A Federal Tax Lien marks the IRS' priority on your real and personal property against all other creditors and gives them the right to seize and sell such property subject to prior encumbrances. Prior to such seizure, the IRS must make an assessment and make demand for payment. And if you don't pay within the time specified in the first notice, they have the right to begin enforcement proceedings.
The IRS will release a Federal Tax Lien when it is fully satisfied. They will do this 30 days after full payment or immediately if paid in cash or the equivalent of cash. They will also release a lien upon the posting of a cash bond or upon giving the IRS a mortgage on real property whose fair market value is twice the value of the tax debt. Both the mortgage and the bond must stipulate payment terms over an agreed upon time frame.
A Federal tax lien can also be withdrawn if one of the following applies:
It was filed too soon or not in accordance with IRS regulations;
It speeds up the actual collection process; or it is determined it is in the best interest of the taxpayer and the IRS.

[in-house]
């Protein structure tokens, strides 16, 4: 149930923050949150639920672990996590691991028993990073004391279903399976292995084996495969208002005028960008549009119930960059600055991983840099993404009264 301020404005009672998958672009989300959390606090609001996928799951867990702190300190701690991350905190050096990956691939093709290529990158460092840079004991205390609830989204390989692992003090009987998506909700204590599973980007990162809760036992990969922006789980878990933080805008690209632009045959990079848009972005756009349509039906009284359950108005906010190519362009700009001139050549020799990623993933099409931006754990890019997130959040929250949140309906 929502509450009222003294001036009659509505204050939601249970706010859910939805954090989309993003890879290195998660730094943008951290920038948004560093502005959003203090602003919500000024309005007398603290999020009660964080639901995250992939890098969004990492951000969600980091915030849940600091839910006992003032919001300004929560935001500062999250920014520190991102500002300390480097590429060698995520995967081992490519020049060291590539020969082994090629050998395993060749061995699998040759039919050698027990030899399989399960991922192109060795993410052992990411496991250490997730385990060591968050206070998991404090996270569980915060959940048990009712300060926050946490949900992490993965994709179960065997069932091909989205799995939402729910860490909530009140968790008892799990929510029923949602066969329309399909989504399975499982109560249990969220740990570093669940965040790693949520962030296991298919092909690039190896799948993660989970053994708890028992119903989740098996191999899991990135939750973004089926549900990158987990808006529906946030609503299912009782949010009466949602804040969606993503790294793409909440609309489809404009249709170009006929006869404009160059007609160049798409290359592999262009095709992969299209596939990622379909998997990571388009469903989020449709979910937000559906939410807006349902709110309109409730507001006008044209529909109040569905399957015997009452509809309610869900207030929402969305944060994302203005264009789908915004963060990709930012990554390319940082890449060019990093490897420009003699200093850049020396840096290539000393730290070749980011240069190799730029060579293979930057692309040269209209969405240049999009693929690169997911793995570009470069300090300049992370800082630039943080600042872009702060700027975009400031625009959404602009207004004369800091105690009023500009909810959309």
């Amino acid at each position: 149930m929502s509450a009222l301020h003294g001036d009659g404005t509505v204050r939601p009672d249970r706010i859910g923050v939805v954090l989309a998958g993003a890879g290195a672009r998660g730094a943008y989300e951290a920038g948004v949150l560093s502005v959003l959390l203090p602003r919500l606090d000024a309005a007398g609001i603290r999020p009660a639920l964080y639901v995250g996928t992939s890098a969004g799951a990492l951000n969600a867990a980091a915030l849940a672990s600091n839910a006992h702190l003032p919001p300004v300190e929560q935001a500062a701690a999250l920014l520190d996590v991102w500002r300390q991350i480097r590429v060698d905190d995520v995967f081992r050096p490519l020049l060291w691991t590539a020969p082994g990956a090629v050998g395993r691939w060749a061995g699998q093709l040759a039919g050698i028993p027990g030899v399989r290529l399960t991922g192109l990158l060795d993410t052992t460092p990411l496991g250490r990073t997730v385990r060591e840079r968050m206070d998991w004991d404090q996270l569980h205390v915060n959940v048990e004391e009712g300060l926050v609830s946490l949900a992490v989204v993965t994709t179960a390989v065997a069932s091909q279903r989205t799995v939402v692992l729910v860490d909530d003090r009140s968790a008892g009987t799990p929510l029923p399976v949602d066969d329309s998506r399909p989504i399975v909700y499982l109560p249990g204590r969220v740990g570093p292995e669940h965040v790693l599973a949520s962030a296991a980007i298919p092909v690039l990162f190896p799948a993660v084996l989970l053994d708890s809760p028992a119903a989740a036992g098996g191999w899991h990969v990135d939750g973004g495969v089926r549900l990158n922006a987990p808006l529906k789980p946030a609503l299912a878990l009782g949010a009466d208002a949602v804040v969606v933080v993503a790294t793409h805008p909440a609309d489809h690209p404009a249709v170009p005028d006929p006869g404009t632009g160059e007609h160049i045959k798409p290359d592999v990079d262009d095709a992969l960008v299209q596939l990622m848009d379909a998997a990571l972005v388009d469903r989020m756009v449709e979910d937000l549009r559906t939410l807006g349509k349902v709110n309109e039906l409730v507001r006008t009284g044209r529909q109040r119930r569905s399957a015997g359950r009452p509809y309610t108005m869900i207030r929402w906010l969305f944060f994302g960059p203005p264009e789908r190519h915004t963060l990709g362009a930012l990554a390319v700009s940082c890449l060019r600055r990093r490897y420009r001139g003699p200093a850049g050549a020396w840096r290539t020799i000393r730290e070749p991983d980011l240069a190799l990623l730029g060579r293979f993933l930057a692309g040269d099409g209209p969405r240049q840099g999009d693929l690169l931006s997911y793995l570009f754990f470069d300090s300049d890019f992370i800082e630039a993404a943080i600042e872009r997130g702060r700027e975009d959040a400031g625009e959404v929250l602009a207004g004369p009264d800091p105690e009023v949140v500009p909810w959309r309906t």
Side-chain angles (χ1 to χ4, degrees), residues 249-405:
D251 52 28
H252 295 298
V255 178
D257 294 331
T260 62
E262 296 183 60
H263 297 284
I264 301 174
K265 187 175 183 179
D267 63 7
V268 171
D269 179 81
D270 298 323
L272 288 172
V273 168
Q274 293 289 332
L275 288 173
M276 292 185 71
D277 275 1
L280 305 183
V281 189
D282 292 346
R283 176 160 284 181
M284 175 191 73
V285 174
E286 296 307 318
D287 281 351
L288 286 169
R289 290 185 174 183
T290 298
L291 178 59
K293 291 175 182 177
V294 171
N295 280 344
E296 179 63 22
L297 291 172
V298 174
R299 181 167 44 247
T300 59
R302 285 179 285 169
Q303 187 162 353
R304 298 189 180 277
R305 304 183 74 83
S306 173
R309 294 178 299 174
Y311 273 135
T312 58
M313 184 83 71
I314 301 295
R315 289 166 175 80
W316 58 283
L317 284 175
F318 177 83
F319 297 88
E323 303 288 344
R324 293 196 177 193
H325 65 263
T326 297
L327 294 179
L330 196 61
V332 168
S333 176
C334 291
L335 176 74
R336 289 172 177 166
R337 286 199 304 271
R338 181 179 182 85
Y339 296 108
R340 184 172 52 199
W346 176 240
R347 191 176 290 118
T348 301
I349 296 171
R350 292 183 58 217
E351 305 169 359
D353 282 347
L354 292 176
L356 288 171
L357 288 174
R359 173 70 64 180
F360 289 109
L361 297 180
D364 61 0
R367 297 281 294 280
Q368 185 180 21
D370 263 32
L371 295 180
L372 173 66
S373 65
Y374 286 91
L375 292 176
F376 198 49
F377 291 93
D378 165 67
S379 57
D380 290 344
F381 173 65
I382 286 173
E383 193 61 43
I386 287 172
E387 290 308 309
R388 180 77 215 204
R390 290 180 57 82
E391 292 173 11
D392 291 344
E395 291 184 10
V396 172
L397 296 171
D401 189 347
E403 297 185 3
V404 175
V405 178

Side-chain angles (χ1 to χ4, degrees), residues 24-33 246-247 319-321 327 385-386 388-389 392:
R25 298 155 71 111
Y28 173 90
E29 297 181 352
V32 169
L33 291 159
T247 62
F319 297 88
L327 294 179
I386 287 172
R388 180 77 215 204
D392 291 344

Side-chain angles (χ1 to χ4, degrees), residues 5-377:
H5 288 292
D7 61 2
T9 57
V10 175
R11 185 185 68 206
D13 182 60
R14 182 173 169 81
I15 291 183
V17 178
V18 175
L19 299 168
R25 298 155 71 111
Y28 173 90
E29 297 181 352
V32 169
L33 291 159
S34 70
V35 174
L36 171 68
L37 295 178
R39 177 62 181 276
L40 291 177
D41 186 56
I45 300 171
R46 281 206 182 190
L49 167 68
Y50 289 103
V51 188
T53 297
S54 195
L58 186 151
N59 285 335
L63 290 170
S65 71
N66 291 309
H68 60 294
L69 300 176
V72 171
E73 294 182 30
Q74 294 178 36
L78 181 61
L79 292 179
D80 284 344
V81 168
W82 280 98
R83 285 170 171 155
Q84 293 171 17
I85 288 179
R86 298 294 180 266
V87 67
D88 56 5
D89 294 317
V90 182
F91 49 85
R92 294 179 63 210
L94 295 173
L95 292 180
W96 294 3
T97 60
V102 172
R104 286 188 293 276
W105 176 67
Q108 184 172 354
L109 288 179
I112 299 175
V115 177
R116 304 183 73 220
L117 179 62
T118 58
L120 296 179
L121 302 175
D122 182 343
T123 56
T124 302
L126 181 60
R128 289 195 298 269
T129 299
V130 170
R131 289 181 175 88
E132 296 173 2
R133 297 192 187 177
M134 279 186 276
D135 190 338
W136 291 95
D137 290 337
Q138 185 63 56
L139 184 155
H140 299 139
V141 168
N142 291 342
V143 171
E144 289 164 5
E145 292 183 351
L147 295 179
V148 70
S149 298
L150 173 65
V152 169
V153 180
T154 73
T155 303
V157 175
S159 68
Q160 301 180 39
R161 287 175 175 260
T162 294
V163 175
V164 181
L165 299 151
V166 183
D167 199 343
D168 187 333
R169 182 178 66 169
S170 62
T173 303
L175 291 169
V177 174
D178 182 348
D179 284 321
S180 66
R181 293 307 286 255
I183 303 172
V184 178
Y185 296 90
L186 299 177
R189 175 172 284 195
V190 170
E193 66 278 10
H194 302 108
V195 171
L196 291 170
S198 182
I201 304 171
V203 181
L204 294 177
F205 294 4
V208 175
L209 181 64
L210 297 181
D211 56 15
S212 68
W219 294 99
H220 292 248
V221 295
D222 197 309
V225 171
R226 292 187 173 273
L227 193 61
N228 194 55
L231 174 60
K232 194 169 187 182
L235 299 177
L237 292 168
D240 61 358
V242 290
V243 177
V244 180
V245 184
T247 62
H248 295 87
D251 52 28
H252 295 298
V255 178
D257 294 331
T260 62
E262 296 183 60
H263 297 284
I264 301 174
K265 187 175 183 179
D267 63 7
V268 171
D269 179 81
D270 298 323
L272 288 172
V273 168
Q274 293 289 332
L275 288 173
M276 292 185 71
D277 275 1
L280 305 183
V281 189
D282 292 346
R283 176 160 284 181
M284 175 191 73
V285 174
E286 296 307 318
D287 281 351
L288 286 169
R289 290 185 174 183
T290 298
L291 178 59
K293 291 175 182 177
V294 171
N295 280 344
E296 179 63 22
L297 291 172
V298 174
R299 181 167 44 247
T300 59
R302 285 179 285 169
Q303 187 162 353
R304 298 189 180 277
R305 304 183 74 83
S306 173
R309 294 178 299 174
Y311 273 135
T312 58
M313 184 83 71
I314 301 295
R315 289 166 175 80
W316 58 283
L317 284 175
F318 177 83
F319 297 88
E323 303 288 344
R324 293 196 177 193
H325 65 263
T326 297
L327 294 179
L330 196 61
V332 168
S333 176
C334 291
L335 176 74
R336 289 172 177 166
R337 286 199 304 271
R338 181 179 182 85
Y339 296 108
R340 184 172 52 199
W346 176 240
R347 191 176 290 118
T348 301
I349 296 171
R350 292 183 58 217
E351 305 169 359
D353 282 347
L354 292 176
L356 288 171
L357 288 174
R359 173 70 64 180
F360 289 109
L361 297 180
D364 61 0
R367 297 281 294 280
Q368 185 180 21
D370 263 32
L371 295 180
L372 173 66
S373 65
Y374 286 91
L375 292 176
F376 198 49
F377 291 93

A taxpayer can also appeal the filing of a Federal Tax Lien. The IRS must notify you that a Federal Tax Lien has been filed within five days after the lien is filed. Some of the issues an appeal can be based upon include but are not limited to the following:
The tax debt owed was paid prior to the Federal Tax Lien being filed;
The tax was assessed and the Federal Tax Lien filed while the taxpayer was in bankruptcy;
A procedural error was made during the assessment;
The statute of limitations on the debt had expired before the Federal tax lien was filed; or the taxpayer was not given an opportunity to dispute the liability.
If you have a Federal tax liability, and you cannot fully pay all you owe at this time, IRSHelp may be able to help in keeping that Federal Tax Lien off the public records of your county courthouse.
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